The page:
Five days of virtual and in-person events will honor Class of 2021
The University of Chicago community and its graduating students will celebrate Convocation beginning June 9, with five days of virtual and in-person events honoring the Class of 2021.
The University-wide ceremony, the traditional “calling together” of the UChicago community, will be held virtually and will be webcast on the Convocation website beginning at 4 p.m. CT on June 9. President Robert J. Zimmer will confer degrees to candidates and provide remarks, along with Provost Ka Yee C. Lee. This year’s faculty speaker is Prof. Deborah Nelson, who specializes in the study of late 20th-century U.S. culture and politics.
The Class Day ceremony, which honors graduates of the College, will be held virtually and will be webcast on the Convocation website beginning at 2 p.m. CT on June 11. This year’s invited speaker is Rep. Andy Kim, AB’04, who represents the Third Congressional District of New Jersey. Fourth-year students Rodrigo Estrada, Emily Robb and Justine Shih also will address the Class of 2021.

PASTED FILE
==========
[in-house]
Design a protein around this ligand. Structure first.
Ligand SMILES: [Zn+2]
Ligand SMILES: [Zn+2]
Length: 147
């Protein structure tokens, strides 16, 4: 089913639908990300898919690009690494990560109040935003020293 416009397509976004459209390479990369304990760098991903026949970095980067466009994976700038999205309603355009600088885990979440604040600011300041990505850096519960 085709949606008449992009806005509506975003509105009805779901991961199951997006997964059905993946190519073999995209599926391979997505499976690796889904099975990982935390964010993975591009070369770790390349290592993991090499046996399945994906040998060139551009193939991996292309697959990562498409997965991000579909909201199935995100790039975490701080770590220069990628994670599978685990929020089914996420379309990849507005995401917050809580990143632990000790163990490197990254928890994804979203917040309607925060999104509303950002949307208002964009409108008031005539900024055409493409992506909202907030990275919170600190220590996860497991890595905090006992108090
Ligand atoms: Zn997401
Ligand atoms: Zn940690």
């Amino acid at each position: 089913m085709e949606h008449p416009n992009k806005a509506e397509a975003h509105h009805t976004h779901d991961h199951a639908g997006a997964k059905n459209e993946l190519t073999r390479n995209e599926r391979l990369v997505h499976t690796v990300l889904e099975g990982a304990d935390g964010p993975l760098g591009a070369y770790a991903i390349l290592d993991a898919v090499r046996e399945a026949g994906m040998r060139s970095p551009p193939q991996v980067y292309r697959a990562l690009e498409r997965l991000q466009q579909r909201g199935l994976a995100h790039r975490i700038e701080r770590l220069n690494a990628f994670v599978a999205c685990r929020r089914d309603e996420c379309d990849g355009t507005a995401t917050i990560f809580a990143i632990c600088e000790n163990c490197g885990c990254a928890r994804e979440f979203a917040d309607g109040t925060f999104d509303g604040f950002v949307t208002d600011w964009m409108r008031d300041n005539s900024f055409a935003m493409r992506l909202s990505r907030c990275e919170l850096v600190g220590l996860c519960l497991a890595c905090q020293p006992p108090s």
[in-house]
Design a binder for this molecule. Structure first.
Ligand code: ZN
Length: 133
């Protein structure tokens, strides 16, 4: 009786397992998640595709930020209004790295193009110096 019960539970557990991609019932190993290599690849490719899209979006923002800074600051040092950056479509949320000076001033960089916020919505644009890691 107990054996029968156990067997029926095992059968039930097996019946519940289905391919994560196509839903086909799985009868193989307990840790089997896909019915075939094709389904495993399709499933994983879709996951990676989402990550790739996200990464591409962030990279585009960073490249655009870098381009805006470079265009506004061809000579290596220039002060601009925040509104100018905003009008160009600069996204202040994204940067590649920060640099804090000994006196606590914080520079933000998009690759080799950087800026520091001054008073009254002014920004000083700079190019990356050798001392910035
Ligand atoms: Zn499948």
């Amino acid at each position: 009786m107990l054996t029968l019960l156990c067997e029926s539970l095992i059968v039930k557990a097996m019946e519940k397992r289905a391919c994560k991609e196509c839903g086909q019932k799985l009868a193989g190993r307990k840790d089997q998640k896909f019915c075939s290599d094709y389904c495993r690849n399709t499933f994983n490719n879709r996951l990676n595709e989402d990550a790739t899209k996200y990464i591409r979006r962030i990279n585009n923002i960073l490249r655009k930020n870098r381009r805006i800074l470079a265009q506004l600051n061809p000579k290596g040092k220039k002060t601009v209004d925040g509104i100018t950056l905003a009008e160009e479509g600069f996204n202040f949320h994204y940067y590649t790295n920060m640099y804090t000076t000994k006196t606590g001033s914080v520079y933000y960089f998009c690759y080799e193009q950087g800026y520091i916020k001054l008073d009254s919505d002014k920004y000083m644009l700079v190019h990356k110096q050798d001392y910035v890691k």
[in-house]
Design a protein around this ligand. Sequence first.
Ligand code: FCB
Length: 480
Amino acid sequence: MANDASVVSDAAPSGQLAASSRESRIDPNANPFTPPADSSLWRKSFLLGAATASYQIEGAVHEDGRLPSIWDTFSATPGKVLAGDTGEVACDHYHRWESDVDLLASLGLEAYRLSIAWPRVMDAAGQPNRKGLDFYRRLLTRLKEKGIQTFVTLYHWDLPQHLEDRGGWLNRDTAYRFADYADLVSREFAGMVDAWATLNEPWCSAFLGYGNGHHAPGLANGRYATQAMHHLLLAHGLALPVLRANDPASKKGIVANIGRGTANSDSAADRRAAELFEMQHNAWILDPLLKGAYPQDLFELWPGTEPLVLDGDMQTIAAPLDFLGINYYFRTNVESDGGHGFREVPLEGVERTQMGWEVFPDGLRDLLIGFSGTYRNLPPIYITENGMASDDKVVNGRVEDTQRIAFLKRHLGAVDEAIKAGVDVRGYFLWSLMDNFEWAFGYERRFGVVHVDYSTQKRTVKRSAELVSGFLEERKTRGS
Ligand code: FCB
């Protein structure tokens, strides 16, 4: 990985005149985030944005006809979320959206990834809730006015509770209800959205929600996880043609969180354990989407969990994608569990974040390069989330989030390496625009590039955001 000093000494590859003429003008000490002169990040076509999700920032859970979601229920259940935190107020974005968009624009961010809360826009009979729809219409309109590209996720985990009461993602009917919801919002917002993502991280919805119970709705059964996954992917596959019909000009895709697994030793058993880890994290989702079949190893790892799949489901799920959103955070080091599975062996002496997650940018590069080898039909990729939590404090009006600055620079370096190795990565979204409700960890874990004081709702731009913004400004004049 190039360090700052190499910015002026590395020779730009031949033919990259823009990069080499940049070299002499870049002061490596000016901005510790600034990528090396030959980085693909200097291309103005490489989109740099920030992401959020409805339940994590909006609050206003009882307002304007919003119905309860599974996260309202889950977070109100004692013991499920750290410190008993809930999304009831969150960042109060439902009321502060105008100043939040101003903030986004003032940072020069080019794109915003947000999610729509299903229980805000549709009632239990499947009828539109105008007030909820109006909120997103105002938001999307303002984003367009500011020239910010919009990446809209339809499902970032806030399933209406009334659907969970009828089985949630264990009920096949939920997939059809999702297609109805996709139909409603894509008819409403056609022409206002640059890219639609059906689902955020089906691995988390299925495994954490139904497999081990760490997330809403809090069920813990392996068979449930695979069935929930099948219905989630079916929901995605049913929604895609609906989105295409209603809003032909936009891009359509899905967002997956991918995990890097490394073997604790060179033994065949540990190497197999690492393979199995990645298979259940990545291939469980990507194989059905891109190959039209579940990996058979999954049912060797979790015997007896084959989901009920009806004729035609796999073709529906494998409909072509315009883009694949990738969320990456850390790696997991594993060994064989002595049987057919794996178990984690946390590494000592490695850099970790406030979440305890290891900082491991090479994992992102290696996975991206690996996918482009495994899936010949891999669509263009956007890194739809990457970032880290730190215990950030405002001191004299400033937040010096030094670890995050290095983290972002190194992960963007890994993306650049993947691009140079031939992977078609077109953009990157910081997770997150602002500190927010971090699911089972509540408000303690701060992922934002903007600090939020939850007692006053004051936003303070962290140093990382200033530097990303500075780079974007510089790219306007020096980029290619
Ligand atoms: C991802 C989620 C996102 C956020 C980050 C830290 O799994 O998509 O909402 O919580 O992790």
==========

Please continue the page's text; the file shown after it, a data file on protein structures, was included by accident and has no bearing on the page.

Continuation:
The divisions and schools will hold their diploma and hooding ceremonies from June 9-12, with the College diploma ceremonies scheduled for June 12-13. Check the Convocation website for a detailed schedule of in-person and virtual ceremonies, including webcast links to virtual events, as well as information about guest policies for in-person ceremonies.
The virtual ceremonies were filmed on campus in May, while observing health and safety guidelines. Due to the changing nature of the pandemic, the University is actively consulting with city of Chicago officials to ensure that all plans for on-campus ceremonies are in compliance with required health and safety protocols.
Members of the University community, along with their family and friends, are invited to share photos, memories and congratulatory messages on the Convocation website or on UChicago social media channels using #uchicago2021.
During the main Convocation ceremony, the University will award honorary degrees to six distinguished scholars: Paul Brumer, professor of chemical physics at the University of Toronto; Dominique Charpin, a scholar of Mesopotamian civilization at the Collège de France; Jeff Cheeger, a mathematician at New York University; Jennifer A. Doudna, a Nobel Prize-winning molecular and cell biologist and chemist at the University of California, Berkeley; Charles L. Kane, a physicist at the University of Pennsylvania; and Françoise Lavocat, a literary scholar at Université de la Sorbonne Nouvelle.
The University also will recognize faculty members for excellence in teaching with presentations of the Llewellyn John and Harriet Manchester Quantrell Awards for Excellence in Undergraduate Teaching and the Faculty Awards for Excellence in Graduate Teaching and Mentoring.